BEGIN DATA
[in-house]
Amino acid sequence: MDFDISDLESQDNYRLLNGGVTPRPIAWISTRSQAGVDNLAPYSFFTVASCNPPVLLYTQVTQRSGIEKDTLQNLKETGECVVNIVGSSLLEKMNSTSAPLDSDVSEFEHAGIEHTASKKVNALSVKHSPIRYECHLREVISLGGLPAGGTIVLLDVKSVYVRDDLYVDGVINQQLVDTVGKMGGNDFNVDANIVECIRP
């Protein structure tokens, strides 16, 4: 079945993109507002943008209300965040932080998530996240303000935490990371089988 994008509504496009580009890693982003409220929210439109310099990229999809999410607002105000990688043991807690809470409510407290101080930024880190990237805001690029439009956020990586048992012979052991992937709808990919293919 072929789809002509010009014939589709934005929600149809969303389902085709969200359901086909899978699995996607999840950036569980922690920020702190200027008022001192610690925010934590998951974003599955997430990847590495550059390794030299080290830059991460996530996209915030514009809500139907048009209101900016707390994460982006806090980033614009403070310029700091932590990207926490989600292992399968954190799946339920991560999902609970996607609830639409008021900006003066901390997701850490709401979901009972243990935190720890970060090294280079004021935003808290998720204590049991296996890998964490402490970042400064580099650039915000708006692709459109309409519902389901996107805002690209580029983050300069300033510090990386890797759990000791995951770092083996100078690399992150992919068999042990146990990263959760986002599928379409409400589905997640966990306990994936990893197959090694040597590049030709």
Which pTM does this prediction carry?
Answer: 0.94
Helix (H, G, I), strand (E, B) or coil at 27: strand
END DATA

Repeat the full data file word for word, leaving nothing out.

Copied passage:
[in-house]
Amino acid sequence: MDFDISDLESQDNYRLLNGGVTPRPIAWISTRSQAGVDNLAPYSFFTVASCNPPVLLYTQVTQRSGIEKDTLQNLKETGECVVNIVGSSLLEKMNSTSAPLDSDVSEFEHAGIEHTASKKVNALSVKHSPIRYECHLREVISLGGLPAGGTIVLLDVKSVYVRDDLYVDGVINQQLVDTVGKMGGNDFNVDANIVECIRP
């Protein structure tokens, strides 16, 4: 079945993109507002943008209300965040932080998530996240303000935490990371089988 994008509504496009580009890693982003409220929210439109310099990229999809999410607002105000990688043991807690809470409510407290101080930024880190990237805001690029439009956020990586048992012979052991992937709808990919293919 072929789809002509010009014939589709934005929600149809969303389902085709969200359901086909899978699995996607999840950036569980922690920020702190200027008022001192610690925010934590998951974003599955997430990847590495550059390794030299080290830059991460996530996209915030514009809500139907048009209101900016707390994460982006806090980033614009403070310029700091932590990207926490989600292992399968954190799946339920991560999902609970996607609830639409008021900006003066901390997701850490709401979901009972243990935190720890970060090294280079004021935003808290998720204590049991296996890998964490402490970042400064580099650039915000708006692709459109309409519902389901996107805002690209580029983050300069300033510090990386890797759990000791995951770092083996100078690399992150992919068999042990146990990263959760986002599928379409409400589905997640966990306990994936990893197959090694040597590049030709």
Which pTM does this prediction carry?
Answer: 0.94
Helix (H, G, I), strand (E, B) or coil at 27: strand